This programme closes after session 2011/12. Please see our new MSc in Late Antique, Islamic and Byzantine Studies instead.
By encouraging reflection on essential themes, sources and scholarly approaches, providing training in relevant language skills and allowing for detailed study of focused topics in small seminar-groups, the programme bridges the disciplinary divides between History, Classics and Archaeology to give students detailed understanding of a fascinating epoch.
The MSc in First Millennium Studies offers an opportunity to undertake advanced multi-disciplinary study in Late Roman, Byzantine and Islamic studies or in early medieval Scottish, English and Celtic studies, or in a mix of the two. It provides detailed knowledge of key topics within these important and interesting fields and enhances students’ skills in independent research, original languages, critical analysis, and both oral and written presentation.
The programmed is designed either as:
The required courses for this programme include essential skills training, normally 40 credits of language instruction across two semesters (Latin, Greek, Arabic, Early Gaelic, Middle Welsh and Old Norse are taught, subject to availability) and at least one team-taught core course focused on essential themes, sources and issues for scholars.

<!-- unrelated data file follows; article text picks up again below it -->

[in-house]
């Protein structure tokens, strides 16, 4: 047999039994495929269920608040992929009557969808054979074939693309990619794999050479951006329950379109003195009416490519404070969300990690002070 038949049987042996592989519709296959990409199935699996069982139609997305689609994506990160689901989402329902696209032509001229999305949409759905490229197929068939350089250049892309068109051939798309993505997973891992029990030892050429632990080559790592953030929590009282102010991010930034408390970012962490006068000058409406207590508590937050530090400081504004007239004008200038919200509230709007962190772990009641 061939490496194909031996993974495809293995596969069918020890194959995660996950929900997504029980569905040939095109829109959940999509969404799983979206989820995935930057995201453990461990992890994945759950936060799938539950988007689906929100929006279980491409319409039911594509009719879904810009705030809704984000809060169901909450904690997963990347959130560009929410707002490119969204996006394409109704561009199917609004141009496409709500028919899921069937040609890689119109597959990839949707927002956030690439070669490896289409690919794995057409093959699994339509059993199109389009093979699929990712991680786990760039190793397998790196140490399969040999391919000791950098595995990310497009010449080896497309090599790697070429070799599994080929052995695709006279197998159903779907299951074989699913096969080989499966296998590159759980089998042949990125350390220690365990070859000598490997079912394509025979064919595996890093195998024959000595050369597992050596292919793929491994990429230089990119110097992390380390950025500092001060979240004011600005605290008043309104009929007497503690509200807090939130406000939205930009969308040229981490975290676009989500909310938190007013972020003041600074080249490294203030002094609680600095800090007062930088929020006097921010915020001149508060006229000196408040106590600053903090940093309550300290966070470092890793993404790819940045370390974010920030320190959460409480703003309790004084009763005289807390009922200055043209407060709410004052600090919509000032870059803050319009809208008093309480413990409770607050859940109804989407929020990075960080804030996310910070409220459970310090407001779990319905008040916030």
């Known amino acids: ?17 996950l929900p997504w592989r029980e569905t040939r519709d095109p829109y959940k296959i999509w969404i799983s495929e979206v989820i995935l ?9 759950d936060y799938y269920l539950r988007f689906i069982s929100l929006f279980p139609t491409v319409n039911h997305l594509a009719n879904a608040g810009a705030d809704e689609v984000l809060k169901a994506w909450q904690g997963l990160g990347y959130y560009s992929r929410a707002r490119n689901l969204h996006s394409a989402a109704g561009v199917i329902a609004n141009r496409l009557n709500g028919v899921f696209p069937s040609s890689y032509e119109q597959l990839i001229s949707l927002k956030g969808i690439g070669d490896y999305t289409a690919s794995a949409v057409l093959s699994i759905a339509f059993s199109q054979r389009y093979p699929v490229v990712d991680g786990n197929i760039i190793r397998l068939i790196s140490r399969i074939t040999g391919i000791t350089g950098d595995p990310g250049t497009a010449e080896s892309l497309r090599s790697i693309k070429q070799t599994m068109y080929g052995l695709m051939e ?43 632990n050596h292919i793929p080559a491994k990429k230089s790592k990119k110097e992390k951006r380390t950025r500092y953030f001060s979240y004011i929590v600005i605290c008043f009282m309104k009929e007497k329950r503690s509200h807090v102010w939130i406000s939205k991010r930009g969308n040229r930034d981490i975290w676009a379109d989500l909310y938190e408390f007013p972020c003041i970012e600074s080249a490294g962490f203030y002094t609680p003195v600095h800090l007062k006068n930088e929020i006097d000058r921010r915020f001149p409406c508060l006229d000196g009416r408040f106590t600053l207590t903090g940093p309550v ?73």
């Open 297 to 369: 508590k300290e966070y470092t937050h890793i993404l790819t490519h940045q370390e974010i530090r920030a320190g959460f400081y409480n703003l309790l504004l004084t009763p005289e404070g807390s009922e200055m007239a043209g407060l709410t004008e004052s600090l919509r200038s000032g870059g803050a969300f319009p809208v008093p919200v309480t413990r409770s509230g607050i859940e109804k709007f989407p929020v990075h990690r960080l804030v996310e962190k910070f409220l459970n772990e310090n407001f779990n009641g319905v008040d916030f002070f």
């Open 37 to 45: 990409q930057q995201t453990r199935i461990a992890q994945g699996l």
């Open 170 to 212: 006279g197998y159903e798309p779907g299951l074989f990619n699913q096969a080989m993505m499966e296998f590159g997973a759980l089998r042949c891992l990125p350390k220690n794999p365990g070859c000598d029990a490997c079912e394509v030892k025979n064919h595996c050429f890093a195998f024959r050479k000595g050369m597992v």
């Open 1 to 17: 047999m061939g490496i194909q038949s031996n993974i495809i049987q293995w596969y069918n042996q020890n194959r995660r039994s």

Students choose a further two/three courses (20 credits each), one in the first semester and one/two in the second, from a list of options. These courses involve small-group seminars taught by a specialist in the field and require extensive reading and advanced discussion of specialized topics.
|Course||Core / Optional||Credits|
|Latin OR Greek OR Arabic (also various others)||Core||40|
|Anglo-Saxon, Norse and Celtic Scotland||Core/optional||20|
|The Fall of Rome||Core/optional||20|
|Contacts and Conflicts in the Early Medieval Mediterranean||Optional||20|
|Scandinavian Place-Name Studies||Optional||20|
|The Seven Ecumenical Councils||Optional||20|
|Mosques, Palaces and Gardens in the Golden Age of Islam||Optional||20|
|The Celtic Question: Art in Early Britain and Ireland||Optional||20|
The centerpiece of the programme is a 12,000 word dissertation (60 credits) which students complete during the summer months. This is an independent, primary source-based research project supervised by one or more members of the academic staff.
Students have considerable freedom to define their own dissertation project, as long as it is a feasible project which one or more staff members have the expertise to supervise.
The potential range of topics in this field is vast, but recent examples include:
This article was published on Feb 8, 2012